Your band saw is like any other type of machinery on your shop floor: It needs regular maintenance and expert handling to help it perform at its optimal level. Here’s how Lenox helped one manufacturer make its band saw as efficient as possible. 

When experts from Lenox applied the Lenox Advantage program at Industrial Overlay Inc., a tool and die manufacturer in Rock Falls, Illinois, they were surprised to find a bunch of saw blades stacked against a wall in the facility. 

The blades, the experts were told, had been set aside so the manufacturer could swap in new ones to cope with the challenges of cutting hard-to-cut materials—in this case 12-inch rounds of Inconel 718, a high-strength nickel-based superalloy.

The band saw operators said they were afraid that if they made a second cut with the same blade it would become damaged and ruin the very expensive Inconel 718 on the subsequent cut, which would mean a loss for the company, explains Daniel Fernandes, a senior product manager at Lenox’s parent company, Stanley Black & Decker.

To manage the situation, the company had stacked blades against the wall and used them to cut smaller materials, like 3-inch rounds of the Inconel 718. They knew they could get a little more life expectancy out of those band saw blades, but essentially, they were not very dependable and were not doing a good job for the company, Fernandes notes.

“The GEN-TECH blade’s pre-conditioning makes it a very forgiving product, ideal for operators who are less familiar with carbide products, or for saws that are unable to get the full advantages of a multichip carbide product.”
Daniel Fernandes
Stanley Black & Decker

“Our Lenox expert stayed there an entire day doing what we call a site survey: We don’t touch anything, we are simply observing what the operator is doing and how the facility is cutting material, just trying to figure out areas for improvement for the customer,” Fernandes says.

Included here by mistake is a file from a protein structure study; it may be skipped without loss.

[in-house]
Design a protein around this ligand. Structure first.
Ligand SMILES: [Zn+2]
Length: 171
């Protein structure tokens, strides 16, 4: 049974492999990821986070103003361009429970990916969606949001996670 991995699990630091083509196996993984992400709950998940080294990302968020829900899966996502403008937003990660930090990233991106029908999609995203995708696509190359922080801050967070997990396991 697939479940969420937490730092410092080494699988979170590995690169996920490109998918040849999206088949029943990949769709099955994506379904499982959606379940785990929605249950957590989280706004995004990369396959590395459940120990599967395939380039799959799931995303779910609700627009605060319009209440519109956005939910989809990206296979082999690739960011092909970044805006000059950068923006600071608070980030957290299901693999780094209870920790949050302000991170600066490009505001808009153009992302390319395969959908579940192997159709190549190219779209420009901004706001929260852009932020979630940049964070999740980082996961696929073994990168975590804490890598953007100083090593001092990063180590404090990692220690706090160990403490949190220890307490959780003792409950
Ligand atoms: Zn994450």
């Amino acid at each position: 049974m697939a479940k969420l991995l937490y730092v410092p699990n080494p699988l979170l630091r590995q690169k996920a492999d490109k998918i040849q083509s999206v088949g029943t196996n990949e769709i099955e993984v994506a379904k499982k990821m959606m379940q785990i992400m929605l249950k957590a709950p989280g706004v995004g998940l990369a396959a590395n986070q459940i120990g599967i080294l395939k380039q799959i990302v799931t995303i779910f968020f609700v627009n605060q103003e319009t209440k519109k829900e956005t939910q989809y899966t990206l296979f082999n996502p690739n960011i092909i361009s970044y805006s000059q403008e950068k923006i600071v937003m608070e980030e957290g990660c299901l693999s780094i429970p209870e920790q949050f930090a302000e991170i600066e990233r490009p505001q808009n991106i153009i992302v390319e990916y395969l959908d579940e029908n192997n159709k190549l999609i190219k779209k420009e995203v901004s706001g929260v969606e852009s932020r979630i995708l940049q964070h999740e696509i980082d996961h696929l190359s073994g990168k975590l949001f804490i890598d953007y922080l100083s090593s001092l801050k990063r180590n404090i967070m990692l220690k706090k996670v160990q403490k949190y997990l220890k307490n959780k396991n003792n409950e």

“We did a 13-point check where we look at a lot of the various parts on the saw and make sure they are in the best shape possible and don’t need to be replaced,” he says. 

“We identified right away that the guides for the band saw blade were installed backward, so we fixed that for them pretty quickly and identified a couple of other parts that were worn down and needed to be replaced, such as the drive wheel and a gearbox,” he adds. “So we got the band saw in very good shape for the customer.”

Proper Blade Maintenance for Industrial Band Saws

Making sure your saw blade is working properly is the best way to reduce downtime, increase production and extend the life of your blade.

Blade failure can happen for many reasons, from poor blade selection to improper cutting speeds and feed rates, or even using a new blade that hasn’t been adequately broken in. 

Using the wrong blade for your application is a common issue, Fernandes notes. This was the problem faced by Industrial Overlay: The company was using a blade with a 2-3 tooth pitch, which wasn’t ideal for the cutting they were doing. 

When you have more teeth on a blade, you have less space in between those teeth—a portion of the blade called the “gullet” that carries the chips out of the cut as you’re making it. If a gullet is too small, you end up filling it with material too quickly, which means the blade is going to either break or cut crooked, Fernandes notes.

“We noticed that right away their cutting rates were not the best, and we knew we could do better, so we introduced our GEN-TECH blade—a new carbide bandsaw blade—and after getting one cut from their previous blade that would take about two hours, they improved their performance,” Fernandes says.